25 things you need to know about writing the first chapter.


On his blog Terribleminds Chuck Wendig talks about 25 essential things you need to know about writing an opening chapter. I think an opening chapter is like a first impression. It sticks and you only get one chance to get it right. You have to convince the reader that his time will be spent worthwhile. I have pondered very long and very hard about my first chapter. Many of the things I concluded are written (much better than I ever could) down in this post. I think everyone who is busy with a story should take a peek.

For me an opening chapter is all about the hook. You need to force the reader to keep reading. I try to start my story by posing a question. I give the writer the promise that, in due time, the question will be answered. I wait with that answer and I hope so to keep the interest of my reader. Let me know about your technique in the comments below.


25 Things To Know About Writing The First Chapter by Chuck Wendig



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~ by Sander on August 26, 2012.

One Response to “25 things you need to know about writing the first chapter.”

  1. Never mind the first chapter, it’s the first paragraph that determines whether I think that I might be hookable. I must know immediately if an author is able to draw me into the scene.

    This happened to me in Prodigal Summer by Barbara Kingsolver – I can still remember the moment – and the rest of the chapter reeled me in. That’s why I was thoroughly disappointed when I discovered that the story did not continue in chapter 2. It was about someone else and another matter altogether. I read on reluctantly, kinda pissed off, really.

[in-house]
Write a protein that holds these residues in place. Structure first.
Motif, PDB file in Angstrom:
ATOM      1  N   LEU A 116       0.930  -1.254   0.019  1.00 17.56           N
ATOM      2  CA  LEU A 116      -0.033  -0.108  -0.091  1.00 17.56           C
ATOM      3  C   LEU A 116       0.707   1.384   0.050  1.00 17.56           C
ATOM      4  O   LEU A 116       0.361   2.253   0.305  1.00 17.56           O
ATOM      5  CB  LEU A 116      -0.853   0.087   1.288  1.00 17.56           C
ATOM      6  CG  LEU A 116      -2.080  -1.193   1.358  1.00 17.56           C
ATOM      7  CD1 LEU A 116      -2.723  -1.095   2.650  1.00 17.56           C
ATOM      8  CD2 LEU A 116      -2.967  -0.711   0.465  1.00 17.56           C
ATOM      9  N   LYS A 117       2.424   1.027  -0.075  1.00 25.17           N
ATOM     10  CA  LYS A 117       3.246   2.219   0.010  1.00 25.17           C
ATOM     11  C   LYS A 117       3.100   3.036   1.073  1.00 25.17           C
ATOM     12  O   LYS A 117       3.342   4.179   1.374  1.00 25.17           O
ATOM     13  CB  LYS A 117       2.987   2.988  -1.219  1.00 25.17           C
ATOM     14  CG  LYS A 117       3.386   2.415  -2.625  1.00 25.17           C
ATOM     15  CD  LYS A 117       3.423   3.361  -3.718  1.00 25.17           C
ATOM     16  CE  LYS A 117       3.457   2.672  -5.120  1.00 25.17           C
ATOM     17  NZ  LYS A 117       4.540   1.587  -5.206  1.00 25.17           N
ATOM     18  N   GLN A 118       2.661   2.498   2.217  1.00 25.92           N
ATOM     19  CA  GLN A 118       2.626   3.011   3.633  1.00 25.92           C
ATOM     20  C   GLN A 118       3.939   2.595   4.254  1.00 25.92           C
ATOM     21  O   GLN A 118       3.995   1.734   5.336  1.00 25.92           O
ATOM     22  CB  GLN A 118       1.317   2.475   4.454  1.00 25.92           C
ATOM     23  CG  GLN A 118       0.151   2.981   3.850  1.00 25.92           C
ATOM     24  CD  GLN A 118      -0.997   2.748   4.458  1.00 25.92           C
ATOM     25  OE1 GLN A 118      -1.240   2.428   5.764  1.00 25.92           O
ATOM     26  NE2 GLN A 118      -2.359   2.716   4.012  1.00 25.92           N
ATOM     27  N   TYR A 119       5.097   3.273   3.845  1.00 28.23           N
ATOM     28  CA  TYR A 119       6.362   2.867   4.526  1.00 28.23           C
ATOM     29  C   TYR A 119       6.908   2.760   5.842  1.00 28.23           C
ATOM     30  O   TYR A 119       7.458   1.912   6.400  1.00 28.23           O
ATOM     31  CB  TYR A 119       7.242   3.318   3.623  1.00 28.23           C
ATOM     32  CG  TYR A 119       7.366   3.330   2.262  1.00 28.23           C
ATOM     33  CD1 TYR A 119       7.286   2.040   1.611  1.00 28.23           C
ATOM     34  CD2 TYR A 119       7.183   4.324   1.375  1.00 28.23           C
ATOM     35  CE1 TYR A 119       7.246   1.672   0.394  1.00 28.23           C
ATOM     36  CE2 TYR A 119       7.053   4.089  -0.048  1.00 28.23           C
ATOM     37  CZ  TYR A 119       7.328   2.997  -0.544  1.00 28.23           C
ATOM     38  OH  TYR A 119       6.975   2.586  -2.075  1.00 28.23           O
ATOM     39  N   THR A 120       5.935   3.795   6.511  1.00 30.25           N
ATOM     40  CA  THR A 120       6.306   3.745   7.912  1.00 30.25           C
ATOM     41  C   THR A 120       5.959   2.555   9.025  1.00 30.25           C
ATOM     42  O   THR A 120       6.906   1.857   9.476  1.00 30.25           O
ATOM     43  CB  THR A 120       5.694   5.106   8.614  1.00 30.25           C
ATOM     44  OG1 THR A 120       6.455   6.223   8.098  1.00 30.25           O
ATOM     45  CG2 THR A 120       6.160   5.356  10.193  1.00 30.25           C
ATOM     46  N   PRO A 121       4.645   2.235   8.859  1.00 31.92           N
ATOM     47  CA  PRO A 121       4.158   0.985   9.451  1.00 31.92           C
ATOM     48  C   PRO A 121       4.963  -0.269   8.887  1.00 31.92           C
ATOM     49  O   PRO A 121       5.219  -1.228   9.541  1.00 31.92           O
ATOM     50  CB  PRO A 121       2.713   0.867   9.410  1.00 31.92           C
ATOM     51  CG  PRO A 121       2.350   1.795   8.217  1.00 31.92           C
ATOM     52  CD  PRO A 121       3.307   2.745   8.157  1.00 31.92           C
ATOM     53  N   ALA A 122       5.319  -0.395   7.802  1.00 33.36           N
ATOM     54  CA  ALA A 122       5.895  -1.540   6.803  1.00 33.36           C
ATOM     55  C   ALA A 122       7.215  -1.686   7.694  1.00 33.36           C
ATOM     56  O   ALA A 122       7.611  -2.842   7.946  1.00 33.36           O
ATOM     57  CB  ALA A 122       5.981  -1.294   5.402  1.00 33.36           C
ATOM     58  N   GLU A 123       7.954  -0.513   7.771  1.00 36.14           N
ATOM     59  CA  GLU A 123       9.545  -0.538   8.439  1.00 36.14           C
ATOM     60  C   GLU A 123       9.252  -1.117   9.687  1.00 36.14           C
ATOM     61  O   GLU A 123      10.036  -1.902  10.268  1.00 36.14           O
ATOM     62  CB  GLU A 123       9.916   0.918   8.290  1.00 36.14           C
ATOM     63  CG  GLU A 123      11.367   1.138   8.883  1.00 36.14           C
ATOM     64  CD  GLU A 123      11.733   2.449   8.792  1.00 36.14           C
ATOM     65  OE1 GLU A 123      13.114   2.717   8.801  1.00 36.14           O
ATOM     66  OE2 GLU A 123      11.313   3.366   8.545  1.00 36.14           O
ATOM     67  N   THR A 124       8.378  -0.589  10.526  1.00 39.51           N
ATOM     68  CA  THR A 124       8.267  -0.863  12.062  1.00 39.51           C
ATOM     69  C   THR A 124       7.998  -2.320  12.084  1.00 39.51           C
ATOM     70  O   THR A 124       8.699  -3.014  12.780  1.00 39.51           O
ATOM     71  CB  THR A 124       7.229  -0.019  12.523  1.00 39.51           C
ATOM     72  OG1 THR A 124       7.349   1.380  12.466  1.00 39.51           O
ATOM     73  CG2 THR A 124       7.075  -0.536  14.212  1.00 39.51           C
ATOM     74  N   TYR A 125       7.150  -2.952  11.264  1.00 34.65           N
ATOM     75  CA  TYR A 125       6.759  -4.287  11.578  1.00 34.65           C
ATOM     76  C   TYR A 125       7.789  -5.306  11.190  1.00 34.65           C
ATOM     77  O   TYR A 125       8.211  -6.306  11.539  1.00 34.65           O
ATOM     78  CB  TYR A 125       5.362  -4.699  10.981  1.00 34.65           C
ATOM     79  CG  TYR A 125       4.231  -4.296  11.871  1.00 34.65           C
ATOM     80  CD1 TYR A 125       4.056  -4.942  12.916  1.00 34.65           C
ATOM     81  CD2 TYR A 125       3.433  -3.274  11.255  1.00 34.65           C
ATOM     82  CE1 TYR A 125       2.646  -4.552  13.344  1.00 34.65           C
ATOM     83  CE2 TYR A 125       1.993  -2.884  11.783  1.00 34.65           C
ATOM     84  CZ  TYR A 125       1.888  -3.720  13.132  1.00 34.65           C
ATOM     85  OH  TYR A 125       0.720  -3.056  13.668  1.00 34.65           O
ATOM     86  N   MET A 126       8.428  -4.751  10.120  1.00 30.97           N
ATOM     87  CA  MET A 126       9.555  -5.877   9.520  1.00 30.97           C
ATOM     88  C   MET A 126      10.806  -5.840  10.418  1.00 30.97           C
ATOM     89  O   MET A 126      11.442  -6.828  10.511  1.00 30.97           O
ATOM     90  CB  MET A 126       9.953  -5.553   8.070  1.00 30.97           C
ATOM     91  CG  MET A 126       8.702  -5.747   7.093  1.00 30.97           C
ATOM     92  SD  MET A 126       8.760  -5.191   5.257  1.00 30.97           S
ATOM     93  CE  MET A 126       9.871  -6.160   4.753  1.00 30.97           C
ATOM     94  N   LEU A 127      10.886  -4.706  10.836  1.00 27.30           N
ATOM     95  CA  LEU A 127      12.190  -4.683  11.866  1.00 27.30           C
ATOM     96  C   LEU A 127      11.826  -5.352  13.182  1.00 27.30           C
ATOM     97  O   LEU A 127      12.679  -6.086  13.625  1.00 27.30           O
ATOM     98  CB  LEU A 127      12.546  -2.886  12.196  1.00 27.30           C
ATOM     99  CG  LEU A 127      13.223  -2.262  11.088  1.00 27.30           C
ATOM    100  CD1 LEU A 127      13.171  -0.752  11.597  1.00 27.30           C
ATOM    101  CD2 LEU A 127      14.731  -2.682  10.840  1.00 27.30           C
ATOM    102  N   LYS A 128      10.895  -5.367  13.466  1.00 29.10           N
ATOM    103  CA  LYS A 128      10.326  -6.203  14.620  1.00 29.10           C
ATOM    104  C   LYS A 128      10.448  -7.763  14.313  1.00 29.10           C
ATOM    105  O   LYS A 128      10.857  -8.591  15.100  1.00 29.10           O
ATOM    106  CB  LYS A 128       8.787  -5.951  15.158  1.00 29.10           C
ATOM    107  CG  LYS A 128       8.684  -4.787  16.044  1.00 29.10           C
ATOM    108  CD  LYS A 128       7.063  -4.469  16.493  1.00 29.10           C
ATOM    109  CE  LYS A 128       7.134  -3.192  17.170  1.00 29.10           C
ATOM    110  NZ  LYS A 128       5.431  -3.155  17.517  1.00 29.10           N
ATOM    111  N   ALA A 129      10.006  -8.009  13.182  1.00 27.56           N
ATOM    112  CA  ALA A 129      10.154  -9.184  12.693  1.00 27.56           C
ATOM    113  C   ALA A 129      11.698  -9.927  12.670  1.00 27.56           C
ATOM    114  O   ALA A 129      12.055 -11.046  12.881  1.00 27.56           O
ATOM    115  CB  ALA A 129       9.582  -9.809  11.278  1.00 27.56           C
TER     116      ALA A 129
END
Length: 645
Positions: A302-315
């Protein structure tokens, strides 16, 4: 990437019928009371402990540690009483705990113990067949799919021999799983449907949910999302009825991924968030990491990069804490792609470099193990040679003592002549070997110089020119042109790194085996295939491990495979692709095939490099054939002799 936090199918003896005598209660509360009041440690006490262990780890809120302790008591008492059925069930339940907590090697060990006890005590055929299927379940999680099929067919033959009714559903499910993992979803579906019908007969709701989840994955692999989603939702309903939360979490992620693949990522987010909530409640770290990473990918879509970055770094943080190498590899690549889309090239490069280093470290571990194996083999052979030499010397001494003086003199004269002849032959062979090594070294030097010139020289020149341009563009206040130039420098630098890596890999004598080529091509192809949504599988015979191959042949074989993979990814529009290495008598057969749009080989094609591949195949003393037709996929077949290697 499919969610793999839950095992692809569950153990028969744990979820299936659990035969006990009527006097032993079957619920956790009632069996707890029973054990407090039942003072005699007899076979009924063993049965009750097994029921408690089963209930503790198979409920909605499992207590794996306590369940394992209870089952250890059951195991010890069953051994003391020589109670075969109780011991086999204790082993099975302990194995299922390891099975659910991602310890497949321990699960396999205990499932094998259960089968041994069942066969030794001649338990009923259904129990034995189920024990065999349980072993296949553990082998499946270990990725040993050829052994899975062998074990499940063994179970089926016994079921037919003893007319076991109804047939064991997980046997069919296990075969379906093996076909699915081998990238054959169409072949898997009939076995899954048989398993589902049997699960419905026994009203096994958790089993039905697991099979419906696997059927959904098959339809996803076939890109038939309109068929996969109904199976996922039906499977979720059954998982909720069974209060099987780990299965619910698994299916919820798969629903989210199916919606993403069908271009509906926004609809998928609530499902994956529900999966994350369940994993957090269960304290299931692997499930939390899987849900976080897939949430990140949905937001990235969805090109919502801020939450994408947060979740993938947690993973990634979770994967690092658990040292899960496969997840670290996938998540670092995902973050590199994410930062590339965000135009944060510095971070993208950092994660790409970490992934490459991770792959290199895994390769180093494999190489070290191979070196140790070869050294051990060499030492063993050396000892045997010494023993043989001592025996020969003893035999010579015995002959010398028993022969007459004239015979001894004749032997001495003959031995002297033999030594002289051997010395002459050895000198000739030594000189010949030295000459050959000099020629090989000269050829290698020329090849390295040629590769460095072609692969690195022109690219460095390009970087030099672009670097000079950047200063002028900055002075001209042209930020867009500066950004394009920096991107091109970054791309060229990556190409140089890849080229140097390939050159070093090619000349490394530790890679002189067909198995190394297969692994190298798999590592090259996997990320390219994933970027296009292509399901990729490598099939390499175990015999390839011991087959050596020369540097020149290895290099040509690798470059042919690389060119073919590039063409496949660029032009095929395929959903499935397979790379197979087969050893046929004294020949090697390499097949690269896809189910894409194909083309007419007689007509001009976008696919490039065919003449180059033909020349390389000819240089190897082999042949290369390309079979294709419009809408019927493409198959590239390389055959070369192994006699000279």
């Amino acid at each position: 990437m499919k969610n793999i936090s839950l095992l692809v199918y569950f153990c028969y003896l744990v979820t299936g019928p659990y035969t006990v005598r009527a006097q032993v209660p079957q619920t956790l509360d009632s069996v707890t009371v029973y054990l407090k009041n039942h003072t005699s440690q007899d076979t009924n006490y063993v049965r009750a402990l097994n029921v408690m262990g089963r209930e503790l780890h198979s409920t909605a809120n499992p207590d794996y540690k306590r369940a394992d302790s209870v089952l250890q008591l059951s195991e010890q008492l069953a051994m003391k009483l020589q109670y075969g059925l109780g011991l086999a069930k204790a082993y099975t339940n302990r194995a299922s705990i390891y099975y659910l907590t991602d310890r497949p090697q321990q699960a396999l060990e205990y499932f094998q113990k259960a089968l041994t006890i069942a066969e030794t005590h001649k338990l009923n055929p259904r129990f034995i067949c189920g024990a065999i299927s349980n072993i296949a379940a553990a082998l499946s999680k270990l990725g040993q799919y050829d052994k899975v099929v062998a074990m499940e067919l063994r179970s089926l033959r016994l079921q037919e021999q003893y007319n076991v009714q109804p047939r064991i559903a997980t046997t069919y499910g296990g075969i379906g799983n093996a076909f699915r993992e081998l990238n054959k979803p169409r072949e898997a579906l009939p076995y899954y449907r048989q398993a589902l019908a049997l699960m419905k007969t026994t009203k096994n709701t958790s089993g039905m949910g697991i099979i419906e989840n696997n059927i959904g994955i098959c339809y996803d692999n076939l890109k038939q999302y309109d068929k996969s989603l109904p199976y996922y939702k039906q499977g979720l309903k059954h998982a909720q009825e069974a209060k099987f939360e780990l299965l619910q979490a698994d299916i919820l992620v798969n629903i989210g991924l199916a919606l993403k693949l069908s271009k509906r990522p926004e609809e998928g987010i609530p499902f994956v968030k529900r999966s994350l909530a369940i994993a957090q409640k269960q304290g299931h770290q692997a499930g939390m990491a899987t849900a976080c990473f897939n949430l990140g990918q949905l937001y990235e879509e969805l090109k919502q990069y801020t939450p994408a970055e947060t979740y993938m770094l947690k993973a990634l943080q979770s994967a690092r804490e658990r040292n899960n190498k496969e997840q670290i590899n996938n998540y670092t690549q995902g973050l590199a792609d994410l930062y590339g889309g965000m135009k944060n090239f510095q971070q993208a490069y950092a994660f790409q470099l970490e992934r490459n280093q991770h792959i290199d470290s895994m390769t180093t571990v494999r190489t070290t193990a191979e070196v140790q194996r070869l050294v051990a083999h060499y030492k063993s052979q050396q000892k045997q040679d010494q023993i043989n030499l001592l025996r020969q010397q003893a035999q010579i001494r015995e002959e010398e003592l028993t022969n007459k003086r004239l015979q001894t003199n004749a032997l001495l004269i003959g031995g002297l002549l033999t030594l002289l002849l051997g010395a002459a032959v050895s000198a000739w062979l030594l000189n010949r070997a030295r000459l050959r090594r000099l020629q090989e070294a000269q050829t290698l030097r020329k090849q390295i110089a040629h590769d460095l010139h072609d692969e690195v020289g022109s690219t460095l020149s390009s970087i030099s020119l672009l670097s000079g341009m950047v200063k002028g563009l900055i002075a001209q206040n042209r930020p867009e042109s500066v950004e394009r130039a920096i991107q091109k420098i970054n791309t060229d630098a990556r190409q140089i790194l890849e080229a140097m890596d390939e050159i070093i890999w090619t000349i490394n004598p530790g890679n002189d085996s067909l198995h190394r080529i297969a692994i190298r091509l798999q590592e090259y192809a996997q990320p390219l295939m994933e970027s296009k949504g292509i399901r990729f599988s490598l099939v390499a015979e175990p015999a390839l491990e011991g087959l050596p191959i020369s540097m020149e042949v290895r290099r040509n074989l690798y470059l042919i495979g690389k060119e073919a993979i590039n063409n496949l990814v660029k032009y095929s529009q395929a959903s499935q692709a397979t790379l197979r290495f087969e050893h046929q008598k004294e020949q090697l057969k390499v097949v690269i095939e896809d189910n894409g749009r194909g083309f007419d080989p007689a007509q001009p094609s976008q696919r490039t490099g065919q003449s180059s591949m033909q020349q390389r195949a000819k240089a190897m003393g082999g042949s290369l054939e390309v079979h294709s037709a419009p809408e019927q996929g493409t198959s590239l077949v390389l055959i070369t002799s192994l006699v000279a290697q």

But oh the surprise when further on it appeared that the story DID continue! There were several protagonists, that’s all. Chapter 1 just covered a topic close to my heart, nature, coyote, a woman in her element in that environment. The fact that I was not able to read on immediately actually made me appreciate it more than if chapter 2 had continued with the story. So that was powerful.

    I have also used this effect in my own manuscript and two proofreaders have often asked me questions such as ‘what’s happening next with so and so?’ and ‘are you getting back on that?’ and ‘is there a follow-up on this? I’m so curious!’ They were just making sure I was not forgetting anything, which I was not, but their reactions made me know that they were wondering. So Vonnegut is right, suspense is not a must. But arousing the reader’s curiosity certainly is!

    An excellent book on Writing Fiction is by the Gotham Writers’ Workshop. As a refresher or support it can be opened up on any page, at any time.

    Like Chuck, I’m a Christopher Moore fan. He’s the only author who’s ever been able to hook me into fantasy stories, because I don’t dig those. All-time fave, Fluke. What a hoot! 2nd: Stupidest Angel.

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